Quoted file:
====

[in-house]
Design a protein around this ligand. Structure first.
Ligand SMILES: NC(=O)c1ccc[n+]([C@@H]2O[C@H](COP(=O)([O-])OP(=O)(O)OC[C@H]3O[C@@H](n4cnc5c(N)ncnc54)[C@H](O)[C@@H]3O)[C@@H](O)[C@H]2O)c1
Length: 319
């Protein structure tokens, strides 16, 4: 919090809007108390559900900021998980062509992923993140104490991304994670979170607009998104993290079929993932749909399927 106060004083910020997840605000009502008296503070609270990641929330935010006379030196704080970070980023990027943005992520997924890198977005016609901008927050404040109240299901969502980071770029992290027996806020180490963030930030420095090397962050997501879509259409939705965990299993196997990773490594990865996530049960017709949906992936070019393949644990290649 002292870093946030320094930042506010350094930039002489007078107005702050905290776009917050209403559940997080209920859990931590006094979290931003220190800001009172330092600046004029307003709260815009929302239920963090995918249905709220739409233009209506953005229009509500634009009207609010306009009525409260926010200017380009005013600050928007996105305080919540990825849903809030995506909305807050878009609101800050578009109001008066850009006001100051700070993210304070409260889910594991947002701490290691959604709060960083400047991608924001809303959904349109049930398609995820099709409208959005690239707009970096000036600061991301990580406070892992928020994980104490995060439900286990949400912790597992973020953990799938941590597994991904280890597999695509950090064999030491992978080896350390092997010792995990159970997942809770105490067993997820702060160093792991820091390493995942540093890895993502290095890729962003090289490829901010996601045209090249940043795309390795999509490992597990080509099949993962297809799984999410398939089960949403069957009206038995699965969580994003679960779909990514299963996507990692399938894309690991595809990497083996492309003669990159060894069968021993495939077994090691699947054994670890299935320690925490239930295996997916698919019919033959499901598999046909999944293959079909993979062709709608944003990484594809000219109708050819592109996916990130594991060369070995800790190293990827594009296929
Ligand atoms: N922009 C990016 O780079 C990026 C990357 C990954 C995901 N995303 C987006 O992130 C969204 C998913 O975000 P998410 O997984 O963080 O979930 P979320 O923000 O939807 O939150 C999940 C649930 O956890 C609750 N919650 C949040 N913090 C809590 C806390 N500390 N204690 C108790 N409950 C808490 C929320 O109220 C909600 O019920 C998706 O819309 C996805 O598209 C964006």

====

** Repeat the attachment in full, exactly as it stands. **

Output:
[in-house]
Design a protein around this ligand. Structure first.
Ligand SMILES: NC(=O)c1ccc[n+]([C@@H]2O[C@H](COP(=O)([O-])OP(=O)(O)OC[C@H]3O[C@@H](n4cnc5c(N)ncnc54)[C@H](O)[C@@H]3O)[C@@H](O)[C@H]2O)c1
Length: 319
């Protein structure tokens, strides 16, 4: 919090809007108390559900900021998980062509992923993140104490991304994670979170607009998104993290079929993932749909399927 106060004083910020997840605000009502008296503070609270990641929330935010006379030196704080970070980023990027943005992520997924890198977005016609901008927050404040109240299901969502980071770029992290027996806020180490963030930030420095090397962050997501879509259409939705965990299993196997990773490594990865996530049960017709949906992936070019393949644990290649 002292870093946030320094930042506010350094930039002489007078107005702050905290776009917050209403559940997080209920859990931590006094979290931003220190800001009172330092600046004029307003709260815009929302239920963090995918249905709220739409233009209506953005229009509500634009009207609010306009009525409260926010200017380009005013600050928007996105305080919540990825849903809030995506909305807050878009609101800050578009109001008066850009006001100051700070993210304070409260889910594991947002701490290691959604709060960083400047991608924001809303959904349109049930398609995820099709409208959005690239707009970096000036600061991301990580406070892992928020994980104490995060439900286990949400912790597992973020953990799938941590597994991904280890597999695509950090064999030491992978080896350390092997010792995990159970997942809770105490067993997820702060160093792991820091390493995942540093890895993502290095890729962003090289490829901010996601045209090249940043795309390795999509490992597990080509099949993962297809799984999410398939089960949403069957009206038995699965969580994003679960779909990514299963996507990692399938894309690991595809990497083996492309003669990159060894069968021993495939077994090691699947054994670890299935320690925490239930295996997916698919019919033959499901598999046909999944293959079909993979062709709608944003990484594809000219109708050819592109996916990130594991060369070995800790190293990827594009296929
Ligand atoms: N922009 C990016 O780079 C990026 C990357 C990954 C995901 N995303 C987006 O992130 C969204 C998913 O975000 P998410 O997984 O963080 O979930 P979320 O923000 O939807 O939150 C999940 C649930 O956890 C609750 N919650 C949040 N913090 C809590 C806390 N500390 N204690 C108790 N409950 C808490 C929320 O109220 C909600 O019920 C998706 O819309 C996805 O598209 C964006």